Piracy Funds Terrorism, Vol. 2


There came a moment—for me it was a little more than a year ago—when cash-strapped music lovers like myself realized that, even without file-sharing or bit torrent, one could download all the songs on a newly released record if enough bloggers wrote about it. The avalanche of mp3 blogs (coupled with better search engines and aggregators for these things), in addition to ‘legitimate’ media giving away free promotional content, has made it very, very easy to get your hands on most new releases.

As it is for records, strangely, so it is for cookbooks.

Last week, while reading this thread about cooking every recipe in a whole cookbook, I was led to this thread, a group effort to cook every recipe in James Oseland’s Cradle of Flavor, a book I hadn’t heard of. Reading the accounts of making such unfamiliar—but clearly delicious—Indonesian, Malaysian, and Singaporean dishes as Beef Rendang, Javanese Chicken Curry, and Padang Fish Curry made me instantly want this book. A quick search showed that I wouldn’t be able to find the book in London, so I ordered it from one of Amazon’s second-hand sellers. Within days, I would get to start cooking from this exciting new source.

But (such is my obsessiveness these days) I wanted to start cooking from the book right away—in fact, we had friends coming over for dinner later in the week; what I really wanted was to use the small dinner party as an opportunity to make two or three dishes from the new book. I wanted, it now seems to me, to share my bizarre excitement. But, of course, the book would not arrive for at least three or four days; there was no chance I would have it in time for the dinner party.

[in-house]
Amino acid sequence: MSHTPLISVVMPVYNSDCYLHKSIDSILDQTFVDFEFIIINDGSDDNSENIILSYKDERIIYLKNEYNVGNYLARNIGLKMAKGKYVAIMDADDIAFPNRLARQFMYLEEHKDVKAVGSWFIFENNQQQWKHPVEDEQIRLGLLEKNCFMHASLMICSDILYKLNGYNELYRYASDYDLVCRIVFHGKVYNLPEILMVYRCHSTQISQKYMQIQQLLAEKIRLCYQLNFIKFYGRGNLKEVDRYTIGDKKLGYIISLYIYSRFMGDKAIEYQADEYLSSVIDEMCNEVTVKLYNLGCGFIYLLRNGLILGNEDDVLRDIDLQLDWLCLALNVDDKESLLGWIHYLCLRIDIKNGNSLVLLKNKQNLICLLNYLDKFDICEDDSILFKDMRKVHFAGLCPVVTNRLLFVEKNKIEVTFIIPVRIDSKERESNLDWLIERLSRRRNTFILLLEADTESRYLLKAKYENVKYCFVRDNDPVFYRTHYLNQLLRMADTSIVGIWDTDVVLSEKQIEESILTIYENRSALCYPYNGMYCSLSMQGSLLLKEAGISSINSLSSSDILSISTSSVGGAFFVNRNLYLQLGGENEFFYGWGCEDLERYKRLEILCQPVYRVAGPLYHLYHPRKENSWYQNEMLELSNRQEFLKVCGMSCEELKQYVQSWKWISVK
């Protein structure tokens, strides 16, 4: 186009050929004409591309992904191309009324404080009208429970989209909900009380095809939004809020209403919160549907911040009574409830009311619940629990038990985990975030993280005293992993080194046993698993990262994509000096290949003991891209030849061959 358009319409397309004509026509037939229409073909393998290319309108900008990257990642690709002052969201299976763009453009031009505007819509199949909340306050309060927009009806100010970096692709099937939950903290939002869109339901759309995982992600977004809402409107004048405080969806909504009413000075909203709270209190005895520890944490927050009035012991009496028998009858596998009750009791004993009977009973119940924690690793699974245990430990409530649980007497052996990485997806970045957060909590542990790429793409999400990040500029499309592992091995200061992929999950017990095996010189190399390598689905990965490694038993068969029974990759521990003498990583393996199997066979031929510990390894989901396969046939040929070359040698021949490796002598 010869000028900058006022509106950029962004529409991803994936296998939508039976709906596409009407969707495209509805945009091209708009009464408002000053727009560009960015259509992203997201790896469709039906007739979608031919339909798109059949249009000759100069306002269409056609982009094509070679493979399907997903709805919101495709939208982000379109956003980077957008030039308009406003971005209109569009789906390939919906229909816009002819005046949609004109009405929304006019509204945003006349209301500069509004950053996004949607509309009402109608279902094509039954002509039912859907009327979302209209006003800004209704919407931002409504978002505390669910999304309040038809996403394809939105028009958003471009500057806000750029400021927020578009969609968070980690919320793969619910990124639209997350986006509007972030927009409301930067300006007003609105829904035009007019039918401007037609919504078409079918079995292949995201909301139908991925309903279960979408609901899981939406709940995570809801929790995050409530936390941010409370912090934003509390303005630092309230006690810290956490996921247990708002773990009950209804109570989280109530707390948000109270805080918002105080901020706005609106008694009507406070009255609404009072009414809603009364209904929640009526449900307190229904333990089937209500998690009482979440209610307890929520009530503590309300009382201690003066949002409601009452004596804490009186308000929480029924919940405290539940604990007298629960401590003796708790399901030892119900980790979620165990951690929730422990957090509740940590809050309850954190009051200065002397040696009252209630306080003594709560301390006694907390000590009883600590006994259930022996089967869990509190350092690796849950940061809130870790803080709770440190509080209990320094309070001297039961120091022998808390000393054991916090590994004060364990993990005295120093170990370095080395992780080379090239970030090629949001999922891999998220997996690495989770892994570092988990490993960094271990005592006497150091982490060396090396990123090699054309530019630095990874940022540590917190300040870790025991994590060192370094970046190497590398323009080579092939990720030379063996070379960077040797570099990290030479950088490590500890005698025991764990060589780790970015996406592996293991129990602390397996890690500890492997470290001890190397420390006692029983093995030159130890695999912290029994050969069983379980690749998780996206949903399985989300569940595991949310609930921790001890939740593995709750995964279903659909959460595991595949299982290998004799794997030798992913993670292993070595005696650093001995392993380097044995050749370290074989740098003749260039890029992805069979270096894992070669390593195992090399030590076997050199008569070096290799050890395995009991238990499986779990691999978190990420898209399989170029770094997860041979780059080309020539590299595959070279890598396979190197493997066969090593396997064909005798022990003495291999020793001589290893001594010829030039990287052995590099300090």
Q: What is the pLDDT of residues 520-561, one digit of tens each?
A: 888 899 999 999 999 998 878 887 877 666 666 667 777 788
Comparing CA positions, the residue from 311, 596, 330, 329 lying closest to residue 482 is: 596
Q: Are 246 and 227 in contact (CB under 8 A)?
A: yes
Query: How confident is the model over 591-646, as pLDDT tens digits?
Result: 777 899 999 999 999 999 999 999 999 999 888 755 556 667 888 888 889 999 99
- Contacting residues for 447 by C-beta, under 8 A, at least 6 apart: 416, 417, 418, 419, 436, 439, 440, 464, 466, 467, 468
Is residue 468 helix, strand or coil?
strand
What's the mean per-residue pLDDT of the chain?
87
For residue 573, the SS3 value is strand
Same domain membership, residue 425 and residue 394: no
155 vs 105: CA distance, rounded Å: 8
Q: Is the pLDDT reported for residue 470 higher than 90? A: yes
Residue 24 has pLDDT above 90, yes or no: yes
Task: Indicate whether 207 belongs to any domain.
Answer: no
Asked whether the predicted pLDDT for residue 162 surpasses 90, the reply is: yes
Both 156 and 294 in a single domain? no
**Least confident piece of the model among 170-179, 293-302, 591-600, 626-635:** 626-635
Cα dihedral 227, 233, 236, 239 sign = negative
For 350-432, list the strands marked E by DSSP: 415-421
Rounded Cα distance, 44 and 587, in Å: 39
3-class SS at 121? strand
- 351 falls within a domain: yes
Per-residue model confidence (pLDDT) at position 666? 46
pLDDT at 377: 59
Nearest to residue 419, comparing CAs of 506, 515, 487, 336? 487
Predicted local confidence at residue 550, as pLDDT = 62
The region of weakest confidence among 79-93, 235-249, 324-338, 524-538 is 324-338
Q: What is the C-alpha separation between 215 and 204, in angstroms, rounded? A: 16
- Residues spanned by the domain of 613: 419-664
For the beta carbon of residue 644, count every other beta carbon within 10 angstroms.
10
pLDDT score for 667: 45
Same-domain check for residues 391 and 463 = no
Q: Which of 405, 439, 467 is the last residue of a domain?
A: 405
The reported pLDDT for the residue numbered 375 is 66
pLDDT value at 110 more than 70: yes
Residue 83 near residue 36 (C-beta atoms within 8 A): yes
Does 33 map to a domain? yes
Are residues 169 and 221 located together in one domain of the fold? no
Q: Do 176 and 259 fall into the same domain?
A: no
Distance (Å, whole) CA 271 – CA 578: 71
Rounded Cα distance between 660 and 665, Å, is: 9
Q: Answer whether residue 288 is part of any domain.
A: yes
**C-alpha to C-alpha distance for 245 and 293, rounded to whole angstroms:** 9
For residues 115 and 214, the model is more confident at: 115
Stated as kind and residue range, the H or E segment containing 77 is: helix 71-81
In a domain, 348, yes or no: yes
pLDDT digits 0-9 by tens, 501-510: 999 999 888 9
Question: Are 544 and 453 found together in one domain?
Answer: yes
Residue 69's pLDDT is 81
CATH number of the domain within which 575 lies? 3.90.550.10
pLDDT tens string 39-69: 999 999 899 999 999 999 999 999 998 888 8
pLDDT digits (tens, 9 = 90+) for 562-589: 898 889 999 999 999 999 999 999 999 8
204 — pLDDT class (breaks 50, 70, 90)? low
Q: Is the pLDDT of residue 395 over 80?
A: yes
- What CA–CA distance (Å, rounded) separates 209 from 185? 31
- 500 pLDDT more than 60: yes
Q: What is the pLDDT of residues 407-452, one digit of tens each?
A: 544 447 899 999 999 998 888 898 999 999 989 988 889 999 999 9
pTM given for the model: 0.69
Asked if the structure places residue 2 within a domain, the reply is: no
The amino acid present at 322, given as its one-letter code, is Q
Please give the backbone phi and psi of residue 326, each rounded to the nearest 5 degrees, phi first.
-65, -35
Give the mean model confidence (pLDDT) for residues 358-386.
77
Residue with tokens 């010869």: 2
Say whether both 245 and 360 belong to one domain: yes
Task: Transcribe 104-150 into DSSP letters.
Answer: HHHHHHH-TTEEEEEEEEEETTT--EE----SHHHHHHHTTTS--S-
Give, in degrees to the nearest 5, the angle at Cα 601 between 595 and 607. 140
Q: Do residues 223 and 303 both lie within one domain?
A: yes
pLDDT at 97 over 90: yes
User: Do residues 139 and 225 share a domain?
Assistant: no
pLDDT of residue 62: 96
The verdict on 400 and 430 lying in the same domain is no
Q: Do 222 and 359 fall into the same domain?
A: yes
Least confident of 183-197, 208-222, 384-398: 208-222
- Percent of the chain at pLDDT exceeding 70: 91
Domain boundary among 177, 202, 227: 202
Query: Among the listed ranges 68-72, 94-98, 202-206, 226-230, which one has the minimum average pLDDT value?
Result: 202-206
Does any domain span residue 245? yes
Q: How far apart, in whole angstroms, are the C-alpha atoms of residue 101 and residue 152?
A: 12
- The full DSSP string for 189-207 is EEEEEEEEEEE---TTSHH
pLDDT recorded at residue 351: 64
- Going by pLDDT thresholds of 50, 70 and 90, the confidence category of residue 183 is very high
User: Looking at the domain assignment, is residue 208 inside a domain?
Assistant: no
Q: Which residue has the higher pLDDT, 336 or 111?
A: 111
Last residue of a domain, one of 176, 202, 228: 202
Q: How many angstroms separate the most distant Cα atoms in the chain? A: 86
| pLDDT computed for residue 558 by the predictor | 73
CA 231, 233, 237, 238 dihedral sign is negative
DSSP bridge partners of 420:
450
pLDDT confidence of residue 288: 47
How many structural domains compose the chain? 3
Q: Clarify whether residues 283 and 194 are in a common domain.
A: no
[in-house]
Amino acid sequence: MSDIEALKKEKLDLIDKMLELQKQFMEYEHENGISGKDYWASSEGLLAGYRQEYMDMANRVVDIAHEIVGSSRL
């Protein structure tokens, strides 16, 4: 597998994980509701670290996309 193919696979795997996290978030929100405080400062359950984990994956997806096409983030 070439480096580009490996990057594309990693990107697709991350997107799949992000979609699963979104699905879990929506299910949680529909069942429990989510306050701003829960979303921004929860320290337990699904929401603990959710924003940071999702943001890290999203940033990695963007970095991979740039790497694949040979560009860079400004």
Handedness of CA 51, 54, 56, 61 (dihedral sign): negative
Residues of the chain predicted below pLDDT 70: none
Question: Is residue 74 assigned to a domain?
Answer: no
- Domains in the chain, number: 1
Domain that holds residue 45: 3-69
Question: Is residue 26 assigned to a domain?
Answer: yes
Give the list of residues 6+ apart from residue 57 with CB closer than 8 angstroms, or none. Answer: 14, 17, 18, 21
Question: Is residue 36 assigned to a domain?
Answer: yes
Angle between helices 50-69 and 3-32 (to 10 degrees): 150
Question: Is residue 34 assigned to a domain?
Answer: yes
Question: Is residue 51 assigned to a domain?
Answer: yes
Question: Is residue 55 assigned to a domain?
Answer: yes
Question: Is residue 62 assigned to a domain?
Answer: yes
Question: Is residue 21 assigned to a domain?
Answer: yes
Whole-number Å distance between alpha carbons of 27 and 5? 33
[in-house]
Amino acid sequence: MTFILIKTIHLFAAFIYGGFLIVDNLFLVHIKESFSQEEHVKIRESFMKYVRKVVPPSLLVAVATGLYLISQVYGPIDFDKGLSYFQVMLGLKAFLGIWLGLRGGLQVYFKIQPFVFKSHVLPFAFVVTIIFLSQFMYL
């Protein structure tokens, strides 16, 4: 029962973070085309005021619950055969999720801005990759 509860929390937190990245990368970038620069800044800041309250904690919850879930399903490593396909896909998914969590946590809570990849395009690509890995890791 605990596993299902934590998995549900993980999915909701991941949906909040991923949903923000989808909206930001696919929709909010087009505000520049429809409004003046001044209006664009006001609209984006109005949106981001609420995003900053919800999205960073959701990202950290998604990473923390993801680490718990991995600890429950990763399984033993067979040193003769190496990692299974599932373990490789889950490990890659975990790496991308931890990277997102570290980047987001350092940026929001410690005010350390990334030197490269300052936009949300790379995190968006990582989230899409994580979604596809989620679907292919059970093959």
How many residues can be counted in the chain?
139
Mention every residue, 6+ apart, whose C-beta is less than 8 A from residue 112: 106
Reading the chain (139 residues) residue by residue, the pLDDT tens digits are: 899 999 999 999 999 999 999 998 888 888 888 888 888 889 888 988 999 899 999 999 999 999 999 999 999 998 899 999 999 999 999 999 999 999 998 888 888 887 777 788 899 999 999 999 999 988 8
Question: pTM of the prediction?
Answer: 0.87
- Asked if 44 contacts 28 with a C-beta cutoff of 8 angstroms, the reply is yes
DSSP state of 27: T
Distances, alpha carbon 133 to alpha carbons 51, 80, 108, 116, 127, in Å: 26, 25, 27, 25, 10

As you may have guessed, this was not a problem.

As I continued to read through the egullet thread, I would google any dish that looked particularly appealing (this was most dishes). Sure enough, I’d find the recipe. There was the Malaysian Chicken Satay recipe on Oseland’s own website. There was the special piece on Epicurious, complete with six of the book’s recipes. There was a similar piece in Salon. And then, of course, there are so many, many, many, blogs. Honestly, the only dish I was really curious about but couldn’t find was Potato Rendang. I had no problem coming up with a menu of Chicken Satay, Lemongrass-Scented Coconut Rice, and Stir-Fried Asian Greens with Garlic & Chiles. The dinner was every bit as delicious as I had hoped, and was a big hit with our guests as well.

I wonder if cookbook publishers will emulate the RIAA and send out hired goons to hunt down offenders like me and bring us to justice. In any case, I did already pay for the book, so I don’t feel too guilty. It arrived the morning after the party, of course.


2 Responses to “Piracy Funds Terrorism, Vol. 2”

  1. Chris Says:

    Most of the websites don’t have the sumptuous pictures, though!

  2. g00blar Says:

    Of course! Nor the excellent treatises on individual ingredients, nor the personal anecdotes from his travels in the islands, nor the pleasures of having A BOOK.

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